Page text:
How do you define which headphones are most "genre specific"?
Oct 8, 2014 at 7:54 AM Thread Starter Post #1 of 10

Hifi Man

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Something that often comes up when I'm trying to decide on what headphones to order. I want to the v-moda m-100 right now. I often get the question when I ask what headphones I want to order "what genre of music do you like". I honestly hate this question, because I don't limit myself to just one genre. If I had to choose a headphone that gave me exceptional performance in a genre though, I would have to choose extreme metal and hardcore punk. For those of you who don't know the difference between extreme metal and regular metal, extreme metal is a form of metal that goes beyond the heaviness of stuff like black sabbath, judas priest, or iron maiden. It's stuff more like early slayer, just to give you an example.
 
I am very put off by the genre specific identity of the v-moda m-100 headphones. They're described as a basshead can. I don't even know why someone would want a ton of extra bass. I think it might be because they're designed for "modern" music so they're going to fit with a bunch of electronic music like dubstep or something. Let me be clear, I only like rock music. There are a few electronic exceptions, but what really scares me about "basshead" headphones that everyone recommends me, is that they seem to cater to one target audience. I want to know if there's any portable headphones that target my specific taste - rock instruments such as guitar, bass guitar, real drums, often played in an extremely aggressive and often overdriven way.
 
I was bored with the Sennheiser Momentum headphones because they weren't that bright or tight and didn't give an exciting experience. However when I try treble heavy headphones that are designed to sound bright and more in your face, like the Sennheiser Amperior, I was put off by how had that really small room sort of feeling. I am kind of interested in the mad dog by mr.speaker headphones at 300 dollars. They match the price of the v-moda and I have been told they are awesome for rock music. At 50 ohms I'm not sure if they would run out of my iPod which is primarily where I use headphones on the good. I also hear that the v-moda has "scooped mids" which, I dunno what mids are supposed to mean, but if it's bad for rock music then I don't want it.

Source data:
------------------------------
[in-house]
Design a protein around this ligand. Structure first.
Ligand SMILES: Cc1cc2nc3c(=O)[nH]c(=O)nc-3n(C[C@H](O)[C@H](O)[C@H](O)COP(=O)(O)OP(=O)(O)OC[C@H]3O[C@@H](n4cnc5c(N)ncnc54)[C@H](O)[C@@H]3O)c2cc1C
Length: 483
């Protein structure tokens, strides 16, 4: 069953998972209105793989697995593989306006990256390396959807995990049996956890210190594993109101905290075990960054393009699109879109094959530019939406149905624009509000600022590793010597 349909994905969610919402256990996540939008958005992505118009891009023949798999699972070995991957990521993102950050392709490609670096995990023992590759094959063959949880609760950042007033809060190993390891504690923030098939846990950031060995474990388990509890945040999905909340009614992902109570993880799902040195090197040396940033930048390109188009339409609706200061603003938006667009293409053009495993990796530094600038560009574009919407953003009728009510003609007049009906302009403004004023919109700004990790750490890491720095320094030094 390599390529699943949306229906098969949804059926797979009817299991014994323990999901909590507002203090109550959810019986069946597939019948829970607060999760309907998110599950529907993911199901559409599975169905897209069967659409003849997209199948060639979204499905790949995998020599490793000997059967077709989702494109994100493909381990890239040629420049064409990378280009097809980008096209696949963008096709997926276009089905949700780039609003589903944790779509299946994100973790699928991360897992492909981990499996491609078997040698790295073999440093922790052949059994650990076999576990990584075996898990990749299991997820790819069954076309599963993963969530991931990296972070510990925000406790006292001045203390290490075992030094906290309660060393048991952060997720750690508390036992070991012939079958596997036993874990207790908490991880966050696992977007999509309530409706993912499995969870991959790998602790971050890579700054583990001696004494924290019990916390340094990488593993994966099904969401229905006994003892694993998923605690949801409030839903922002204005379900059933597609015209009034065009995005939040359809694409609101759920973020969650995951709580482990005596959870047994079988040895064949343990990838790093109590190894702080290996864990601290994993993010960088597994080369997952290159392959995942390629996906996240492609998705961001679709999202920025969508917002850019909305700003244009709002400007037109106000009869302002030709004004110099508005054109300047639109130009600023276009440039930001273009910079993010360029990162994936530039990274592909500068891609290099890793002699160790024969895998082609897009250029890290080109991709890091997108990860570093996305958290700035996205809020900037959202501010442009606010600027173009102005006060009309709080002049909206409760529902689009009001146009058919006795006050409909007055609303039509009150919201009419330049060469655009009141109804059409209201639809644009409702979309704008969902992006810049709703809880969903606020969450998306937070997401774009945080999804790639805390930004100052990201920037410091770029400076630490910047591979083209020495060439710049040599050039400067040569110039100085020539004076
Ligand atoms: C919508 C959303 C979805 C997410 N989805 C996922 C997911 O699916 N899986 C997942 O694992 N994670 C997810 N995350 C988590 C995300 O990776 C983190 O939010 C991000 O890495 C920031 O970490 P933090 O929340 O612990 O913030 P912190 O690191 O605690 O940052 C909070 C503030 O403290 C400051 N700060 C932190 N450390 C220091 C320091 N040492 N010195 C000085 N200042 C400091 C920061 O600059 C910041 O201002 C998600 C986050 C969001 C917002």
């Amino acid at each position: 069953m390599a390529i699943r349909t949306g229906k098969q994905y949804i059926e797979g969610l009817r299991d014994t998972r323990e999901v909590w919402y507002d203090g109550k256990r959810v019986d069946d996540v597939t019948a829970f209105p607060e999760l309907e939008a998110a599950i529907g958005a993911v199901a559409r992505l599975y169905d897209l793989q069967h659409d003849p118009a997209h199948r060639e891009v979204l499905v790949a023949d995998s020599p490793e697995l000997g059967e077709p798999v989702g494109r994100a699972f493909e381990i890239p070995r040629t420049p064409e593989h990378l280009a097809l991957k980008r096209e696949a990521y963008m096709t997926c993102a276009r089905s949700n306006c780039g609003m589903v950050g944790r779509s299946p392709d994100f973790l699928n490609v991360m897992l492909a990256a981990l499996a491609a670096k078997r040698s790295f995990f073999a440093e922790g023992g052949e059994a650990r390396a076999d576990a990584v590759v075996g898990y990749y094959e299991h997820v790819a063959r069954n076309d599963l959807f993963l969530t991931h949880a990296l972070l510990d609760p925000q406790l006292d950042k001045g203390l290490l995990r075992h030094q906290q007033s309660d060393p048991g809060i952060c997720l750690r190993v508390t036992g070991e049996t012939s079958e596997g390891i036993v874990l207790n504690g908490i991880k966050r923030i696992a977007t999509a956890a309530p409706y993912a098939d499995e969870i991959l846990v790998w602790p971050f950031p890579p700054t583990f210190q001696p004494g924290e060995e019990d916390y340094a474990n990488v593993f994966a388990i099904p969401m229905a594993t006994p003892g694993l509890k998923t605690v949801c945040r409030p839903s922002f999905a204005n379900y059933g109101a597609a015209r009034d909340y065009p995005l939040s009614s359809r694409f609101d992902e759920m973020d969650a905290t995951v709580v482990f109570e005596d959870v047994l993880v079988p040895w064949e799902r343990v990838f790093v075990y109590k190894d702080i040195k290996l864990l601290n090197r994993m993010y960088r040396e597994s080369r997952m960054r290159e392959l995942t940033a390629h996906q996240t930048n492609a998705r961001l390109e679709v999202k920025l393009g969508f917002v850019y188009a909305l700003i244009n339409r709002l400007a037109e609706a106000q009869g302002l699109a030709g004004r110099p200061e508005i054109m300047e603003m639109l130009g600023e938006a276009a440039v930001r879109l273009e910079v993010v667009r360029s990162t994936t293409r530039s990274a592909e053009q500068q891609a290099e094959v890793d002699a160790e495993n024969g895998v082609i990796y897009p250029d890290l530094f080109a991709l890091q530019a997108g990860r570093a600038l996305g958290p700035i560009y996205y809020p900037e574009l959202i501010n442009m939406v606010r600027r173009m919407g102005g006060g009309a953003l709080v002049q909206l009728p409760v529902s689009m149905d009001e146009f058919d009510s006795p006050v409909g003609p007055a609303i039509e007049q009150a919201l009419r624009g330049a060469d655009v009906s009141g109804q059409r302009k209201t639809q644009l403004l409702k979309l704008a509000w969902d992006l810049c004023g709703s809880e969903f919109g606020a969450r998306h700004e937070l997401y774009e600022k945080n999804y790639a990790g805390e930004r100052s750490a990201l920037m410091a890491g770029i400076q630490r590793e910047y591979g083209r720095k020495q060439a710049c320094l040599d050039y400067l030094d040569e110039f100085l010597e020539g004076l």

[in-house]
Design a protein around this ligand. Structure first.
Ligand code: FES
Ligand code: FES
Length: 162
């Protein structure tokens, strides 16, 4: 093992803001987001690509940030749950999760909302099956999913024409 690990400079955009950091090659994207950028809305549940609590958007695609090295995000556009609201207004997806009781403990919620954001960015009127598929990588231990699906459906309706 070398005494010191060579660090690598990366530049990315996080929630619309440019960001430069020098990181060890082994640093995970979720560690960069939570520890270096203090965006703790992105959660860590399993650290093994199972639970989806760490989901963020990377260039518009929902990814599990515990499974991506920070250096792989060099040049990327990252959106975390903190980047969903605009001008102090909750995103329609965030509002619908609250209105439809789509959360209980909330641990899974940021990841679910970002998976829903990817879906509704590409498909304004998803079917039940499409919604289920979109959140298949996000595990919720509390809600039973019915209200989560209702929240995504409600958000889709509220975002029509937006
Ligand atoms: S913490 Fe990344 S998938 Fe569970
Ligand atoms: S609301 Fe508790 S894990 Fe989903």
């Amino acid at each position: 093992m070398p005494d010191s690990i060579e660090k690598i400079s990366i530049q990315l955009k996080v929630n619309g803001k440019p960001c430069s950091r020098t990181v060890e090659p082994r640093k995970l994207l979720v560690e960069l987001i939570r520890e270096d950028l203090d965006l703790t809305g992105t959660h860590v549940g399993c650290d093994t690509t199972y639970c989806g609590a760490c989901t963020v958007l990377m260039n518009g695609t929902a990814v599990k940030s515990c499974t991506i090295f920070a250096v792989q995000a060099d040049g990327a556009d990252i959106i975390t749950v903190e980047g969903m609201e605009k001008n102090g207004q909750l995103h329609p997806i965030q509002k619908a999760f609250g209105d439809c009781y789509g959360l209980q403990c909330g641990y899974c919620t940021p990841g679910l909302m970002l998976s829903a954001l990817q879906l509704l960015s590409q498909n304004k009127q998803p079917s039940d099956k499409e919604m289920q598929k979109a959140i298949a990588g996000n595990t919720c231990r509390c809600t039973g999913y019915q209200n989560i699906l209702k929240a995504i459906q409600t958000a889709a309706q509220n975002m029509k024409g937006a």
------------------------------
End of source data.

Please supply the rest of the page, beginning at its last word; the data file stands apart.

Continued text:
Oct 8, 2014 at 11:42 AM Post #2 of 10

SunshineReggae

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Yeah, that's what I dislike about 'basshead' headphones too.
 
I would say that luckily, there's a lot of headphones that work with rock music. It's not a genre that's exclusive to a certain type of headphone. Some enjoy it with DT770, others enjoy it with HD598. Some like to underline the excitement in the music with a Grado, others like to compensate for it with a HD600 or other Sennheiser.
 
You should feel free to have your own findings, though. For instance, I personally feel the DT770 does electric guitar extremely well, whether or not they are classified as 'basshead' or whatever. The last thing I listened to with the DT770 (before I sold them) was Metallica's Black Album, and it sounded fantastic. If metal was a big thing for me, I wouldn't have sold them. I also really like HD598 with that music, but then other things stand out in other ways. You can never have everything 100%, sadly, although for many people that look for jack of all trades, headphone like DT880 or HD600 can be the perfect compromise.